So, there are some ideas for you. Go nuts! Some other, less thought-through options include make-your-own bubble tea kits, hand knit infinity scarves, and handmade jewelry, but you might need a little more talent/speed for most of those than I currently have.

I might be a little sporadic with the posting over the next few weeks. I'm working a lot, and as the title of this post should suggest, I am waaaaay behind on Christmas. I have half a gift for one person, and that's it. Things should pick up a little more regularly in 2015. Until then, I'll see you when I see you, and have a wonderful holiday season in the meantime!

Thursday, December 11, 2014

Tying Scarves: The Holiday Bow

Holiday Bow Scarf Knot

So this knot is a little more complicated and delicate, and it doesn't do all that much for keeping my neck warm, but I love to wear it at this time of year. I take a big, heavy scarf in a bright color (see what I worked with below) and feel super festive.

Holiday Bow Scarf Knot

Here's how:

Holiday Bow Scarf Knot

To start, bring the scarf over your neck in a single layer, with one side about 30% longer than the other. This is the side that will become your bow.

Holiday Bow Scarf Knot

Fold the bottom foot or so of the long end back up.

Holiday Bow Scarf Knot

Do that again (the top of the folds should be about even with your collar bone now).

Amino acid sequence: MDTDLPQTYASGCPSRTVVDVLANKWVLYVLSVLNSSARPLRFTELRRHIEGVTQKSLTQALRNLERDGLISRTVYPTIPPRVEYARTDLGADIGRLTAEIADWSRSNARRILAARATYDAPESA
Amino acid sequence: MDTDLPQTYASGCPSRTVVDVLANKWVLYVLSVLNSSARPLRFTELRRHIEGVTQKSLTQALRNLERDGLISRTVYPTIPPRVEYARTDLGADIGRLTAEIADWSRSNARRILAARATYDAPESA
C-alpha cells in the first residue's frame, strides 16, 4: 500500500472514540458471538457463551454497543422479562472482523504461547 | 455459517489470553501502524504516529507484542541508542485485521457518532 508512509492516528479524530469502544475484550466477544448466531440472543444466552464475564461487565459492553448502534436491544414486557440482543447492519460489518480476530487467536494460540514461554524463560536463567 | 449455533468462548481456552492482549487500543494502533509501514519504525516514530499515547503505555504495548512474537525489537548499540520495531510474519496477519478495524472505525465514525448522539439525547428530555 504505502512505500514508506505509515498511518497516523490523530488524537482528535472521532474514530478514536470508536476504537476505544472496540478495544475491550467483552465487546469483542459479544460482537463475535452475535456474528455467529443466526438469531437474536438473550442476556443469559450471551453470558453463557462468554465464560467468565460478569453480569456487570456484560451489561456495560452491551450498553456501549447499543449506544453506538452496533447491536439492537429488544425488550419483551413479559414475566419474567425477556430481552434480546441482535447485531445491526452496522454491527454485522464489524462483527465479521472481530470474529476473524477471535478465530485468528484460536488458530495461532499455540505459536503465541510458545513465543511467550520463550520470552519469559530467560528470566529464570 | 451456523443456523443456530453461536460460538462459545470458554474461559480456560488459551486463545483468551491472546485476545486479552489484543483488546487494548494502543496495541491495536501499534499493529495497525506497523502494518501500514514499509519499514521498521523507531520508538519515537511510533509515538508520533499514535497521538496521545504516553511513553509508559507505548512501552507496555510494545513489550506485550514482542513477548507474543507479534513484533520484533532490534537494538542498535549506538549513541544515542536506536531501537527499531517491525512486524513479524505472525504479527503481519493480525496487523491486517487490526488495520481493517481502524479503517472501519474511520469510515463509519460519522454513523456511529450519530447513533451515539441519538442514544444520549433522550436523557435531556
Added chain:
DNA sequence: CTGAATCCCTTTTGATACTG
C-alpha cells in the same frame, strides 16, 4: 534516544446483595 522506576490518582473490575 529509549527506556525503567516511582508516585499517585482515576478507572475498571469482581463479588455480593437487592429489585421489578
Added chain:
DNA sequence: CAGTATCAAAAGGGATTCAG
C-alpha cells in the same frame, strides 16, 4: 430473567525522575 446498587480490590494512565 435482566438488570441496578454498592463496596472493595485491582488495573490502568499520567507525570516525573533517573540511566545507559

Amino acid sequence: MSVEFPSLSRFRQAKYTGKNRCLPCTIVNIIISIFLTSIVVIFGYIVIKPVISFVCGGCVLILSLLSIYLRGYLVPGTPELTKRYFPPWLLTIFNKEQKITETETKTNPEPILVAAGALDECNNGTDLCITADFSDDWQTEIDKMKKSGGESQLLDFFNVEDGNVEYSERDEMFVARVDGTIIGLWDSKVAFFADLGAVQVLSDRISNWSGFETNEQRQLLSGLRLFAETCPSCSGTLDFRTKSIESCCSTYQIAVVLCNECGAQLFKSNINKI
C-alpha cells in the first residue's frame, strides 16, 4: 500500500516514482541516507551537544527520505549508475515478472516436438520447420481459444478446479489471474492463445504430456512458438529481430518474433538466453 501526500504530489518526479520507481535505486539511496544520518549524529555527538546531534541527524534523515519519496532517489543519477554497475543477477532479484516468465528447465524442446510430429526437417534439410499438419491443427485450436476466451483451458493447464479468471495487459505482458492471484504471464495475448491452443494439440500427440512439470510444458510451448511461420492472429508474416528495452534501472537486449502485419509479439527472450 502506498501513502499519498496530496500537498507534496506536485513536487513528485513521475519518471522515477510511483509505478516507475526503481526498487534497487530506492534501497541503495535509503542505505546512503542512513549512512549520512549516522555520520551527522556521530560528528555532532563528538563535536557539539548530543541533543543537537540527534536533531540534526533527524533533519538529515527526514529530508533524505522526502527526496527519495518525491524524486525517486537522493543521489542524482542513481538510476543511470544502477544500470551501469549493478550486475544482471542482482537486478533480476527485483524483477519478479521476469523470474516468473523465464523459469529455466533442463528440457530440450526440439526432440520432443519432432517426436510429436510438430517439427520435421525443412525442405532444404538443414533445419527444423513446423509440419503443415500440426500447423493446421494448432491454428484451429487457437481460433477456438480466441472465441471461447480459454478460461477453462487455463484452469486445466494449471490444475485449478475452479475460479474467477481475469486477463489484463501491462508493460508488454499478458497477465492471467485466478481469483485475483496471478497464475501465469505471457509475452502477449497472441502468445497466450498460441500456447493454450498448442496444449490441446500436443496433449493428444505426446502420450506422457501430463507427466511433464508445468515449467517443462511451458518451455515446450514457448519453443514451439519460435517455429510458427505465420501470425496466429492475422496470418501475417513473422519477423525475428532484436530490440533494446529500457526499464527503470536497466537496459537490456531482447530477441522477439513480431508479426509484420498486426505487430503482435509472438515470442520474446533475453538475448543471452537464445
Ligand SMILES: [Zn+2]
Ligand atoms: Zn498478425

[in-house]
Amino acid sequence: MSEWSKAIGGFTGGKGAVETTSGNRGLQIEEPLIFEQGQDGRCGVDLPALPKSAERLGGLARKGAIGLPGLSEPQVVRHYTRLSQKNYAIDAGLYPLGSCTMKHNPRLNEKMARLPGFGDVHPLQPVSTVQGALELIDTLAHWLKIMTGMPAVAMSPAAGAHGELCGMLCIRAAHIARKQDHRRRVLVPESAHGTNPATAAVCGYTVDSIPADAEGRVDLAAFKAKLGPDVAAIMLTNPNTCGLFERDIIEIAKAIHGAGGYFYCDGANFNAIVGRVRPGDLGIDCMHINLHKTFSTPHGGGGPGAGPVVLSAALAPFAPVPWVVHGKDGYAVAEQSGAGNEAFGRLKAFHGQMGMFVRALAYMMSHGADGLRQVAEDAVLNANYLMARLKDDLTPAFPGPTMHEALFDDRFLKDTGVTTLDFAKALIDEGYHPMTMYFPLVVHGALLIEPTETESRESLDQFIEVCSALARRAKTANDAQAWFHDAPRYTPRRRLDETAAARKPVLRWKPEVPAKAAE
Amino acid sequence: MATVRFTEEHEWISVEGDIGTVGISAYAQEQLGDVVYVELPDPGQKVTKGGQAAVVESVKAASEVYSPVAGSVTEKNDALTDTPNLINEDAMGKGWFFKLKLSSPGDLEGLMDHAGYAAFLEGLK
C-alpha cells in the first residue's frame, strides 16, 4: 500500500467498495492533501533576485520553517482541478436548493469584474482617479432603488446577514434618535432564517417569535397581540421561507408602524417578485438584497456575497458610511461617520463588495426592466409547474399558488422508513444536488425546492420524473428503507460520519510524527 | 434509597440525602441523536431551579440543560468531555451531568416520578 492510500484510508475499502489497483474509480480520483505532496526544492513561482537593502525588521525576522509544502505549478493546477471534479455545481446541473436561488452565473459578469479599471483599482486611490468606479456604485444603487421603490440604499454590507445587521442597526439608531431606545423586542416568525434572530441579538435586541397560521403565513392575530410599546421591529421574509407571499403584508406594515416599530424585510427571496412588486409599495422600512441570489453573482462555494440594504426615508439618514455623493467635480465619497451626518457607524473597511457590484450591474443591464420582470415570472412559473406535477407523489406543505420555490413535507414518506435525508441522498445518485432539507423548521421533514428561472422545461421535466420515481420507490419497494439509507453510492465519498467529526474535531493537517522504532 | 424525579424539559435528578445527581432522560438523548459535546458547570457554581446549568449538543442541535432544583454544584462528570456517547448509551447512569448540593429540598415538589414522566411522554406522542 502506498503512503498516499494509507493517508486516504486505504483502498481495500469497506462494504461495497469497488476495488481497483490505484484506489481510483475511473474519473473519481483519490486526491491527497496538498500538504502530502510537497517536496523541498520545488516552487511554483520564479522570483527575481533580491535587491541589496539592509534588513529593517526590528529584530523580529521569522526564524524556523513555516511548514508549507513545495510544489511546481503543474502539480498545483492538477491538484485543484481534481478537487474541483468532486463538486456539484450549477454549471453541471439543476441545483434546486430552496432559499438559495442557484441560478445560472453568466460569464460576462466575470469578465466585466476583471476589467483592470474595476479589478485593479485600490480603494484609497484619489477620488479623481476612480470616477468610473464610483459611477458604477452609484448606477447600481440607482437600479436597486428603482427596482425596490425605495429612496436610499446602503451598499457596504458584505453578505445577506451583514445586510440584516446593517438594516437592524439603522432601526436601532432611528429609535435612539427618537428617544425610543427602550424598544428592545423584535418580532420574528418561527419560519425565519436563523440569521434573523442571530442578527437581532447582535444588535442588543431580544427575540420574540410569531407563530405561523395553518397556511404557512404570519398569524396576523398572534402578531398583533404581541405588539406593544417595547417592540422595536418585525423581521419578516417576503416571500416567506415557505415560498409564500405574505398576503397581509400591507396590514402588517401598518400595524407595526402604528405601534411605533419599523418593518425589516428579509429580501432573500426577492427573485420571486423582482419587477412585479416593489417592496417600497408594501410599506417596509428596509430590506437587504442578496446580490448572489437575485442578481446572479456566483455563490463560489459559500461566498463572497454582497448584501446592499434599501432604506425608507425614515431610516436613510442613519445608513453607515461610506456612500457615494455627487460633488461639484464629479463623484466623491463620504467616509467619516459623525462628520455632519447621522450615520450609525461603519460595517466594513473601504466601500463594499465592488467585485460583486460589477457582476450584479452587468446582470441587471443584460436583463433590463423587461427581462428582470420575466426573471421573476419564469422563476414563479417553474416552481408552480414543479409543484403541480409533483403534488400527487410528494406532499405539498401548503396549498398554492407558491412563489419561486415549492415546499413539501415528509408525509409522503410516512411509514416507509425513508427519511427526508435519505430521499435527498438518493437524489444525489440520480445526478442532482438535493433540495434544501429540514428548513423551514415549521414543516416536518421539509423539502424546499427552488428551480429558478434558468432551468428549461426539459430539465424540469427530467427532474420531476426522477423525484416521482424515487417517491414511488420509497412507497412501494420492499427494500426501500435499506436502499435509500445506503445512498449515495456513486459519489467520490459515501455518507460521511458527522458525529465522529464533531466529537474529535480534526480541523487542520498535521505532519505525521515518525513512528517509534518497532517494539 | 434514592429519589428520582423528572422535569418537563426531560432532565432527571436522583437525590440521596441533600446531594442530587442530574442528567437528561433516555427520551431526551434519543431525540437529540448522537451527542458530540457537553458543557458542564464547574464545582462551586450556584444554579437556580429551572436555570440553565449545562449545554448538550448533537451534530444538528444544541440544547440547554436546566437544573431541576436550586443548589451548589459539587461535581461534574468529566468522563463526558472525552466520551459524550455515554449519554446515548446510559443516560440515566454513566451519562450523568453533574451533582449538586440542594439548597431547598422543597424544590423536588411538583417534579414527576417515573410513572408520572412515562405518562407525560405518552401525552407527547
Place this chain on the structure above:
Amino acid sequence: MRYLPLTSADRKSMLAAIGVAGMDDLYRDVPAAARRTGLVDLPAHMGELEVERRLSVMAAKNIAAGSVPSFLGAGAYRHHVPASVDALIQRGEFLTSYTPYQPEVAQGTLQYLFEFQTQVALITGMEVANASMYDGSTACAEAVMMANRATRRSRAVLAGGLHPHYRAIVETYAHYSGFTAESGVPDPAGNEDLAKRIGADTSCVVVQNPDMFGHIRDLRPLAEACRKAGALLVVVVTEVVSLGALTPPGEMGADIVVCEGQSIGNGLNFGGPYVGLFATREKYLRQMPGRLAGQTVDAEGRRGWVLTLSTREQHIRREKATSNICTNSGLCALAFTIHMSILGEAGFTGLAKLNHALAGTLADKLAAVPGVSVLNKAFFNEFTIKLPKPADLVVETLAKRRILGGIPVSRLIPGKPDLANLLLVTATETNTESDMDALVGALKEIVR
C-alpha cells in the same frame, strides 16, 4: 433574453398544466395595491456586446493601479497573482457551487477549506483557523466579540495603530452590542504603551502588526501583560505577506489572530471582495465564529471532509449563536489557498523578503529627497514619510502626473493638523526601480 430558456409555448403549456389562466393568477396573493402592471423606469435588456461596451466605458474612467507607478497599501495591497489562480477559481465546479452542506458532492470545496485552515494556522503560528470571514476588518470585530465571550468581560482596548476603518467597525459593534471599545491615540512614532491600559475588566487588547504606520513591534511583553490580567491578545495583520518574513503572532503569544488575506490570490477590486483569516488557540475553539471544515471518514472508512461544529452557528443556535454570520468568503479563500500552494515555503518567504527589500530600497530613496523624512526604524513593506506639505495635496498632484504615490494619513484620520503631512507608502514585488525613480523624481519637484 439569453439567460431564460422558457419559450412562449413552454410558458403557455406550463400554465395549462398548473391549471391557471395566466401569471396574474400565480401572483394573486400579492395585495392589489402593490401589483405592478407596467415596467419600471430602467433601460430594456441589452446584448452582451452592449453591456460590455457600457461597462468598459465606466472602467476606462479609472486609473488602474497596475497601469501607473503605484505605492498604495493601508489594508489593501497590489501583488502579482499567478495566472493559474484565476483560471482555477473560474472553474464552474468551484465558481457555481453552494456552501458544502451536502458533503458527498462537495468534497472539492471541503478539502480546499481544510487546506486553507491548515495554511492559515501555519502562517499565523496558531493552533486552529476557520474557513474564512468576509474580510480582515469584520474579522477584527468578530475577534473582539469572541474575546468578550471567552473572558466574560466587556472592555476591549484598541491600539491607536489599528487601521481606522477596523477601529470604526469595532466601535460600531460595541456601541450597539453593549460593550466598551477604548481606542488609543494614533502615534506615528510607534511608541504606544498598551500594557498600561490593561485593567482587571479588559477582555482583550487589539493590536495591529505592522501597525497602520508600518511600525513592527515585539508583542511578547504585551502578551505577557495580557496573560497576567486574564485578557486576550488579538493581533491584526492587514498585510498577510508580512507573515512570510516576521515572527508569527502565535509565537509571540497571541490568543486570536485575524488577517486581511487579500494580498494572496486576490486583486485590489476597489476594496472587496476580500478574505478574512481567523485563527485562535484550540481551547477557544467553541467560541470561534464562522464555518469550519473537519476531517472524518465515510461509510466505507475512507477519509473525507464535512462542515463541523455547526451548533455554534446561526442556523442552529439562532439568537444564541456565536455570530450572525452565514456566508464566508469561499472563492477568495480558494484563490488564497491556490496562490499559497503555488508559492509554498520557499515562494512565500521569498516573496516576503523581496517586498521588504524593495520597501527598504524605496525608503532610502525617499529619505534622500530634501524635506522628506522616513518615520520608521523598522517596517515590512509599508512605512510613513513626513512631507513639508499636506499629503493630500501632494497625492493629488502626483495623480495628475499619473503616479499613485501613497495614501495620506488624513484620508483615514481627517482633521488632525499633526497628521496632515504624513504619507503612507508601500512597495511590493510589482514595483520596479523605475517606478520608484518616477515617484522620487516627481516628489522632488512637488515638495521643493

Holiday Bow Scarf Knot

Hold the folded section in the middle.

Holiday Bow Scarf Knot

Use the other end of the scarf to secure it, wrapping around the middle of the folds twice. (Make sure to always bring the end up into the middle of the circle formed by the scarf, as you see below. Otherwise the whole thing will fall apart!)

Holiday Bow Scarf Knot

Let the end of the scarf hang forward as the tail of the bow, and rearrange the loops. Set at a jaunty angle and/or apply sparkles to everything, and set off to a holiday party!

Holiday Bow Scarf Knot

(Oh, and thanks to my cousin, who taught me the Holiday Bow last year in exchange for learning the Celtic Knot. Love you!)

Wednesday, December 10, 2014

Inspirational (and otherwise) Watercolors

As previously mentioned, I've been getting into watercolors. At one point I had the basics (and even some of the more advanced techniques) down. You see, despite showing little artistic promise, I somehow ended up taking a couple years of extracurricular art classes as a kid. Unfortunately, I have forgotten pretty much everything I learned. Fortunately, I still have all the supplies I got in those days, so it's easy to dabble, and dabble I have.

You'll have seen inspirational watercolors all over the internet; they seem to be the new mega-twee decorative tool. Personally, I've never been a big fan of decorating with words. A wall decal that says "Just Breath" really doesn't do it for me (and not just because it's spelled wrong), nor do I find "Dance like nobody's watching" written in calligraphy all that inspiring. Bulletin boards are my one exception to this rule, mostly because I look at the one above my desk on a daily basis, and I like to see something there that makes me want to forge ahead.

Inspirational Watercolors
Inspirational Watercolors
Inspirational Watercolors

These are a few of the phrases and reminders that have helped me kick my butt into gear recently, and I see no reason why they shouldn't be aesthetically pleasing. However, I also see no reason why my use of watercolor should be universally inspiring and pure of heart, which is why I felt really clever to have created the following pieces: